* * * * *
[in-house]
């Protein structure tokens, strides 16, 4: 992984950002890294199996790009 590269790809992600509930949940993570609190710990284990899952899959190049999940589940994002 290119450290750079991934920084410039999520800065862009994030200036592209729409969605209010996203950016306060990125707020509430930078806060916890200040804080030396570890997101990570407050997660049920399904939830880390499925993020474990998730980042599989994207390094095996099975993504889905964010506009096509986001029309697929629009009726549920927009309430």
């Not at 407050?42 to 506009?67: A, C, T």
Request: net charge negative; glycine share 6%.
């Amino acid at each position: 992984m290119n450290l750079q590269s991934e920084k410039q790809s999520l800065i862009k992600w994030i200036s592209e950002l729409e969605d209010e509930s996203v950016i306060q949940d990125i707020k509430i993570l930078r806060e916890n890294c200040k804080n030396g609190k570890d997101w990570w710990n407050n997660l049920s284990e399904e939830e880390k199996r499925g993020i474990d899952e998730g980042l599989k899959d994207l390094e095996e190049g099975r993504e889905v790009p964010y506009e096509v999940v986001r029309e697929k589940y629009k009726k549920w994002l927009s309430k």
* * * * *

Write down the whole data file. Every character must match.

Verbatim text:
[in-house]
């Protein structure tokens, strides 16, 4: 992984950002890294199996790009 590269790809992600509930949940993570609190710990284990899952899959190049999940589940994002 290119450290750079991934920084410039999520800065862009994030200036592209729409969605209010996203950016306060990125707020509430930078806060916890200040804080030396570890997101990570407050997660049920399904939830880390499925993020474990998730980042599989994207390094095996099975993504889905964010506009096509986001029309697929629009009726549920927009309430």
């Not at 407050?42 to 506009?67: A, C, T």
Request: net charge negative; glycine share 6%.
């Amino acid at each position: 992984m290119n450290l750079q590269s991934e920084k410039q790809s999520l800065i862009k992600w994030i200036s592209e950002l729409e969605d209010e509930s996203v950016i306060q949940d990125i707020k509430i993570l930078r806060e916890n890294c200040k804080n030396g609190k570890d997101w990570w710990n407050n997660l049920s284990e399904e939830e880390k199996r499925g993020i474990d899952e998730g980042l599989k899959d994207l390094e095996e190049g099975r993504e889905v790009p964010y506009e096509v999940v986001r029309e697929k589940y629009k009726k549920w994002l927009s309430k």